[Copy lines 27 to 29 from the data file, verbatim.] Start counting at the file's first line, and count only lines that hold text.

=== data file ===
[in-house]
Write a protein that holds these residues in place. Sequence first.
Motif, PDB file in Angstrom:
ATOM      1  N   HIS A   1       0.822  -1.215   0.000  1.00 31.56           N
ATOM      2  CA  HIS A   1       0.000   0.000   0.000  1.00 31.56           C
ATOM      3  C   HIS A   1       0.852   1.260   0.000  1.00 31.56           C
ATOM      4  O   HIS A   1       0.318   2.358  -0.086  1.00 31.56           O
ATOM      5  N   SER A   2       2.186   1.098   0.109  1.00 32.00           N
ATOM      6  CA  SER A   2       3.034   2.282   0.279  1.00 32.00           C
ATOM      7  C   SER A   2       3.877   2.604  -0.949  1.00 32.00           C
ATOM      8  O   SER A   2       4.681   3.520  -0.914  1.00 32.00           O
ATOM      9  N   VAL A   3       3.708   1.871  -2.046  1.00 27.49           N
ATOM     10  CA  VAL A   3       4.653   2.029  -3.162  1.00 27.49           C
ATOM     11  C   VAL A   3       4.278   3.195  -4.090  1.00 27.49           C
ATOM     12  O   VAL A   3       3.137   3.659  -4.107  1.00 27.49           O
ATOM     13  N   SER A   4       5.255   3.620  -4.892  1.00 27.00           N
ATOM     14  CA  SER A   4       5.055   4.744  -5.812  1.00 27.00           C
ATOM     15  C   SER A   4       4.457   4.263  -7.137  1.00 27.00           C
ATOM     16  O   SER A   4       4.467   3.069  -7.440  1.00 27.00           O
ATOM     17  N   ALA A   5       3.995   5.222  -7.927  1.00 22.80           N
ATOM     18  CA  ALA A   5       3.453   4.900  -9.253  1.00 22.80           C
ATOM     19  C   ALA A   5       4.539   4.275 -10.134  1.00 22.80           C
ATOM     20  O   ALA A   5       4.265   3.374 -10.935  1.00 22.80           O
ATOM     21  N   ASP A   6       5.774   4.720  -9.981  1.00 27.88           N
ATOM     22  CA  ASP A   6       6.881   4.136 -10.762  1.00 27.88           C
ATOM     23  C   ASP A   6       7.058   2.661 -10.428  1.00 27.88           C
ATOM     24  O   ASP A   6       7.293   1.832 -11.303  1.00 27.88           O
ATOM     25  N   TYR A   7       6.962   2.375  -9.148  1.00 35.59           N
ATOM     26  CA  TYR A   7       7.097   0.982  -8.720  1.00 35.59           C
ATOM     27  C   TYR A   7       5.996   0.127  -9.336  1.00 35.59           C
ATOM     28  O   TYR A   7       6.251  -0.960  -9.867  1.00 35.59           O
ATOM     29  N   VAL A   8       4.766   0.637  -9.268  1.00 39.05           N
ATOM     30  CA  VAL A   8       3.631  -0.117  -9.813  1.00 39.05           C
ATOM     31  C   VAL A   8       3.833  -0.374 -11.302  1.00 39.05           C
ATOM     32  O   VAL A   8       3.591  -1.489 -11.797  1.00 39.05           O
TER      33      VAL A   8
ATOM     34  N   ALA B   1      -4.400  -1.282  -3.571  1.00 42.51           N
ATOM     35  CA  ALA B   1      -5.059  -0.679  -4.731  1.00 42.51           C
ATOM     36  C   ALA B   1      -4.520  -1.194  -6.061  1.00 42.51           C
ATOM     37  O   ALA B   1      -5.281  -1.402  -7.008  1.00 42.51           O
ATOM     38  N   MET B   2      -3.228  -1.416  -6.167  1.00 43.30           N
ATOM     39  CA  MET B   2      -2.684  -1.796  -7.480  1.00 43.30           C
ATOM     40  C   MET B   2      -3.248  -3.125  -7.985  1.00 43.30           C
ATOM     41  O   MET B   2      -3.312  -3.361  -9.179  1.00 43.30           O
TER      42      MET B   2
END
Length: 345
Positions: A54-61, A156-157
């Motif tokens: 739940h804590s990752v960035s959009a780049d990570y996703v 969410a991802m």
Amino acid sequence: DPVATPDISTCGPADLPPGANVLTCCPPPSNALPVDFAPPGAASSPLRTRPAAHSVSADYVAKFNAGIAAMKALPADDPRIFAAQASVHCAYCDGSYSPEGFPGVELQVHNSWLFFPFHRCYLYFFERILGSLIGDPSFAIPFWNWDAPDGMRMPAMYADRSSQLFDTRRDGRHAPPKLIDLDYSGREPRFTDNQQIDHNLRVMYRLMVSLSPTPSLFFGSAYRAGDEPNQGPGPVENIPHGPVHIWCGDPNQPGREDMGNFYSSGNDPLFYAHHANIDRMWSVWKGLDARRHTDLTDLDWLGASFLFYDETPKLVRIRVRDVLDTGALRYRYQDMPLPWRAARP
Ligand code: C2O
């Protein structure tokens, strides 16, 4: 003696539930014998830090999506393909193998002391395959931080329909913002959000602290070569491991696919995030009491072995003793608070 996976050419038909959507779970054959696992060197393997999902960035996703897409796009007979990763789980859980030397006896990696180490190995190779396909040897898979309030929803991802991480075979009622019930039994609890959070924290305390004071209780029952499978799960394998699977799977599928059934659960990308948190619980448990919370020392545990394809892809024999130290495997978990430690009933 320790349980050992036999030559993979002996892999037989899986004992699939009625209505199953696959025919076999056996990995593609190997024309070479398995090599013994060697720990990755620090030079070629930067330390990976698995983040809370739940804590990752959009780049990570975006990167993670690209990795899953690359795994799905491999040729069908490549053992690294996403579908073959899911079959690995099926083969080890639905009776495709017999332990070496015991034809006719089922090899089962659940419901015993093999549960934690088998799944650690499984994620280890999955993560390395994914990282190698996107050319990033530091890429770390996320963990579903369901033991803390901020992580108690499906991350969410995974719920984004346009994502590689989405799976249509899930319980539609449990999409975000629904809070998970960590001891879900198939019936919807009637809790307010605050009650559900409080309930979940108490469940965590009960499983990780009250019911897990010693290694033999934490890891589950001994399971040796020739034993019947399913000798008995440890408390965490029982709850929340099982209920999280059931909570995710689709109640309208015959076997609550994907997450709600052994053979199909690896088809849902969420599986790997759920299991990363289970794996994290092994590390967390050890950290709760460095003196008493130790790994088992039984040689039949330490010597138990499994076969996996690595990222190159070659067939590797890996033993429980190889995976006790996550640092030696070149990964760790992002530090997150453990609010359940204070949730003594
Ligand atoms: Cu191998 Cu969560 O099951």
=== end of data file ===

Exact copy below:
ATOM     24  O   ASP A   6       7.293   1.832 -11.303  1.00 27.88           O
ATOM     25  N   TYR A   7       6.962   2.375  -9.148  1.00 35.59           N
ATOM     26  CA  TYR A   7       7.097   0.982  -8.720  1.00 35.59           C